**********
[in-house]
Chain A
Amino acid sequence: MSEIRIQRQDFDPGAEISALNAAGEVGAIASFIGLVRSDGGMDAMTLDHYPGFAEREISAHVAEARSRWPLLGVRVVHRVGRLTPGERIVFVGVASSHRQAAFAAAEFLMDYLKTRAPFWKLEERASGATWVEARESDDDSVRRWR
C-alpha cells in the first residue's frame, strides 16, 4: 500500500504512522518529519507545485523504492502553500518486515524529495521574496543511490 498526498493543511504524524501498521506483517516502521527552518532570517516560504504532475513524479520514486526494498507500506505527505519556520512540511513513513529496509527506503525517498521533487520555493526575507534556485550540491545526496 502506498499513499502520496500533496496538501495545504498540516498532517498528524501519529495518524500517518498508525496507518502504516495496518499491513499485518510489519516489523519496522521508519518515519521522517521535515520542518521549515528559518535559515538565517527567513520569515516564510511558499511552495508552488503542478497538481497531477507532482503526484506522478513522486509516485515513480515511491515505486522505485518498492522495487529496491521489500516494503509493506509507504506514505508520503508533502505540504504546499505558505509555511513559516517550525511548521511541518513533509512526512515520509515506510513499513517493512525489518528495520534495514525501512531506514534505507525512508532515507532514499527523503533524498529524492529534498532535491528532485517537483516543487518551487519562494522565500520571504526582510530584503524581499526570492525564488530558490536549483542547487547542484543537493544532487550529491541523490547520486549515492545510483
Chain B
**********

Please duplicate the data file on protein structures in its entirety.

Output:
[in-house]
Chain A
Amino acid sequence: MSEIRIQRQDFDPGAEISALNAAGEVGAIASFIGLVRSDGGMDAMTLDHYPGFAEREISAHVAEARSRWPLLGVRVVHRVGRLTPGERIVFVGVASSHRQAAFAAAEFLMDYLKTRAPFWKLEERASGATWVEARESDDDSVRRWR
C-alpha cells in the first residue's frame, strides 16, 4: 500500500504512522518529519507545485523504492502553500518486515524529495521574496543511490 498526498493543511504524524501498521506483517516502521527552518532570517516560504504532475513524479520514486526494498507500506505527505519556520512540511513513513529496509527506503525517498521533487520555493526575507534556485550540491545526496 502506498499513499502520496500533496496538501495545504498540516498532517498528524501519529495518524500517518498508525496507518502504516495496518499491513499485518510489519516489523519496522521508519518515519521522517521535515520542518521549515528559518535559515538565517527567513520569515516564510511558499511552495508552488503542478497538481497531477507532482503526484506522478513522486509516485515513480515511491515505486522505485518498492522495487529496491521489500516494503509493506509507504506514505508520503508533502505540504504546499505558505509555511513559516517550525511548521511541518513533509512526512515520509515506510513499513517493512525489518528495520534495514525501512531506514534505507525512508532515507532514499527523503533524498529524492529534498532535491528532485517537483516543487518551487519562494522565500520571504526582510530584503524581499526570492525564488530558490536549483542547487547542484543537493544532487550529491541523490547520486549515492545510483
Chain B